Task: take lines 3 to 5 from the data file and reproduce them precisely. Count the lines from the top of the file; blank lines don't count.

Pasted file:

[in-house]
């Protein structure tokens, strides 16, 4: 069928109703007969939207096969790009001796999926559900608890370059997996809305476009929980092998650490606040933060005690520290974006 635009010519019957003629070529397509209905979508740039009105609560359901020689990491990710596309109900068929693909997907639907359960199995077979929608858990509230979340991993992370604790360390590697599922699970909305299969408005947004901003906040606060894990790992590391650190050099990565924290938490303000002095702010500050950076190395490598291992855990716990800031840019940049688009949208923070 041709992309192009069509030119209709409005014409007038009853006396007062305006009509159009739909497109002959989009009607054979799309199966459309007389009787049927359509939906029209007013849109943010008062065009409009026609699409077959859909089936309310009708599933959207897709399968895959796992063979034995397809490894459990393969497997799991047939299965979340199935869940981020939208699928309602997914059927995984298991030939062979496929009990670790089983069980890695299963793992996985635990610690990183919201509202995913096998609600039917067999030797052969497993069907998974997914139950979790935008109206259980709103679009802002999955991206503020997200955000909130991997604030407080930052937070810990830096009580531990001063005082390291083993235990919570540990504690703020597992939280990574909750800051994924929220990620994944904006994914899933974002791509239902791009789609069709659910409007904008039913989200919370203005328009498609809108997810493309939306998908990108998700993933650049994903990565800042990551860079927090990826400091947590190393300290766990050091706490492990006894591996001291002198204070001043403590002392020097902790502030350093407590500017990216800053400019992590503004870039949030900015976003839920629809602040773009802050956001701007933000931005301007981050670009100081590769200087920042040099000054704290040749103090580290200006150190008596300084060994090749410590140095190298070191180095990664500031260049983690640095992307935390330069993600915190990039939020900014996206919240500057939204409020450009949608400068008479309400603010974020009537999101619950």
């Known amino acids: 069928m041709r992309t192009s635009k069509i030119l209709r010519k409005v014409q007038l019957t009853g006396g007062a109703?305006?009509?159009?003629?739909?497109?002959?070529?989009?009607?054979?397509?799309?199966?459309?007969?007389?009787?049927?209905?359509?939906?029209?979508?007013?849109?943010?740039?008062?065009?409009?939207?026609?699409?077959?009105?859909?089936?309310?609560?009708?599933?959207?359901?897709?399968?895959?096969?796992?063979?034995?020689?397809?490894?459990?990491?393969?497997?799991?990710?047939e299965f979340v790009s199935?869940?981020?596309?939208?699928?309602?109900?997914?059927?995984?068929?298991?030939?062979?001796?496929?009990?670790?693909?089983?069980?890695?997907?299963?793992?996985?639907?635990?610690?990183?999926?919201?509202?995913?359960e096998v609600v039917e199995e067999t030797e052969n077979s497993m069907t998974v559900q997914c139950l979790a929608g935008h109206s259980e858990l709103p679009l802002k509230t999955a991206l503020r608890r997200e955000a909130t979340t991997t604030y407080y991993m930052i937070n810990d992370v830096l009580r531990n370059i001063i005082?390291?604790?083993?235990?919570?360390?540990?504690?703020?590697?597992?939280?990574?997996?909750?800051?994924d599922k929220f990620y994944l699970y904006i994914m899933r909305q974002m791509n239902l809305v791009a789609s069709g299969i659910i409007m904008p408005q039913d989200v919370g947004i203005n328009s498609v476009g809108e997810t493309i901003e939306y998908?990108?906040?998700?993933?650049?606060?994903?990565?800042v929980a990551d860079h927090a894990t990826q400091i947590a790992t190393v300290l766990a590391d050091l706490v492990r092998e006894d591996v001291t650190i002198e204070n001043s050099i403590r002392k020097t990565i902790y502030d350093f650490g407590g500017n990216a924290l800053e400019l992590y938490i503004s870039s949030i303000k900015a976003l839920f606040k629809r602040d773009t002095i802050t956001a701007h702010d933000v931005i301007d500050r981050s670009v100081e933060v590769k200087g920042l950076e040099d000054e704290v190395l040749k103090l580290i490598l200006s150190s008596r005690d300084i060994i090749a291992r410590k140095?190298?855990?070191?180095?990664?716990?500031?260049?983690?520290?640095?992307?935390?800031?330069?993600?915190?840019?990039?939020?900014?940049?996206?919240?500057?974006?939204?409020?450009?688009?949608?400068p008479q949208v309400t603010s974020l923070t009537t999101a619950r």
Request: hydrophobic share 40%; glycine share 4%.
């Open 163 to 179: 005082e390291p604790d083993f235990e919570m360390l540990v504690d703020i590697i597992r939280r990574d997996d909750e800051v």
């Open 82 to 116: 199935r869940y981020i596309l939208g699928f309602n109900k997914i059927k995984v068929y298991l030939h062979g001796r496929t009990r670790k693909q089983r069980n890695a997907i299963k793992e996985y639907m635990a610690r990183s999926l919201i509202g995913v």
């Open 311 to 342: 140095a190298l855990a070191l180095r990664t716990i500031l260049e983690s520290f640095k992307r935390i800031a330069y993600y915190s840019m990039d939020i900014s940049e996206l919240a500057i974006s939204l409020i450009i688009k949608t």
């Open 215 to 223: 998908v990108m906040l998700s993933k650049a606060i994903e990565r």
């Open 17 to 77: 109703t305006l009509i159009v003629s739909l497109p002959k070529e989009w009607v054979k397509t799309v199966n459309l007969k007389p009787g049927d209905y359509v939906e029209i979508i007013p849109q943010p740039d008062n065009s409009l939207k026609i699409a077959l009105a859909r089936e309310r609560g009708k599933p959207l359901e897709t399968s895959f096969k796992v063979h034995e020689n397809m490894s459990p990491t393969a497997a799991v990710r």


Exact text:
């Known amino acids: 069928m041709r992309t192009s635009k069509i030119l209709r010519k409005v014409q007038l019957t009853g006396g007062a109703?305006?009509?159009?003629?739909?497109?002959?070529?989009?009607?054979?397509?799309?199966?459309?007969?007389?009787?049927?209905?359509?939906?029209?979508?007013?849109?943010?740039?008062?065009?409009?939207?026609?699409?077959?009105?859909?089936?309310?609560?009708?599933?959207?359901?897709?399968?895959?096969?796992?063979?034995?020689?397809?490894?459990?990491?393969?497997?799991?990710?047939e299965f979340v790009s199935?869940?981020?596309?939208?699928?309602?109900?997914?059927?995984?068929?298991?030939?062979?001796?496929?009990?670790?693909?089983?069980?890695?997907?299963?793992?996985?639907?635990?610690?990183?999926?919201?509202?995913?359960e096998v609600v039917e199995e067999t030797e052969n077979s497993m069907t998974v559900q997914c139950l979790a929608g935008h109206s259980e858990l709103p679009l802002k509230t999955a991206l503020r608890r997200e955000a909130t979340t991997t604030y407080y991993m930052i937070n810990d992370v830096l009580r531990n370059i001063i005082?390291?604790?083993?235990?919570?360390?540990?504690?703020?590697?597992?939280?990574?997996?909750?800051?994924d599922k929220f990620y994944l699970y904006i994914m899933r909305q974002m791509n239902l809305v791009a789609s069709g299969i659910i409007m904008p408005q039913d989200v919370g947004i203005n328009s498609v476009g809108e997810t493309i901003e939306y998908?990108?906040?998700?993933?650049?606060?994903?990565?800042v929980a990551d860079h927090a894990t990826q400091i947590a790992t190393v300290l766990a590391d050091l706490v492990r092998e006894d591996v001291t650190i002198e204070n001043s050099i403590r002392k020097t990565i902790y502030d350093f650490g407590g500017n990216a924290l800053e400019l992590y938490i503004s870039s949030i303000k900015a976003l839920f606040k629809r602040d773009t002095i802050t956001a701007h702010d933000v931005i301007d500050r981050s670009v100081e933060v590769k200087g920042l950076e040099d000054e704290v190395l040749k103090l580290i490598l200006s150190s008596r005690d300084i060994i090749a291992r410590k140095?190298?855990?070191?180095?990664?716990?500031?260049?983690?520290?640095?992307?935390?800031?330069?993600?915190?840019?990039?939020?900014?940049?996206?919240?500057?974006?939204?409020?450009?688009?949608?400068p008479q949208v309400t603010s974020l923070t009537t999101a619950r």
Request: hydrophobic share 40%; glycine share 4%.
């Open 163 to 179: 005082e390291p604790d083993f235990e919570m360390l540990v504690d703020i590697i597992r939280r990574d997996d909750e800051v």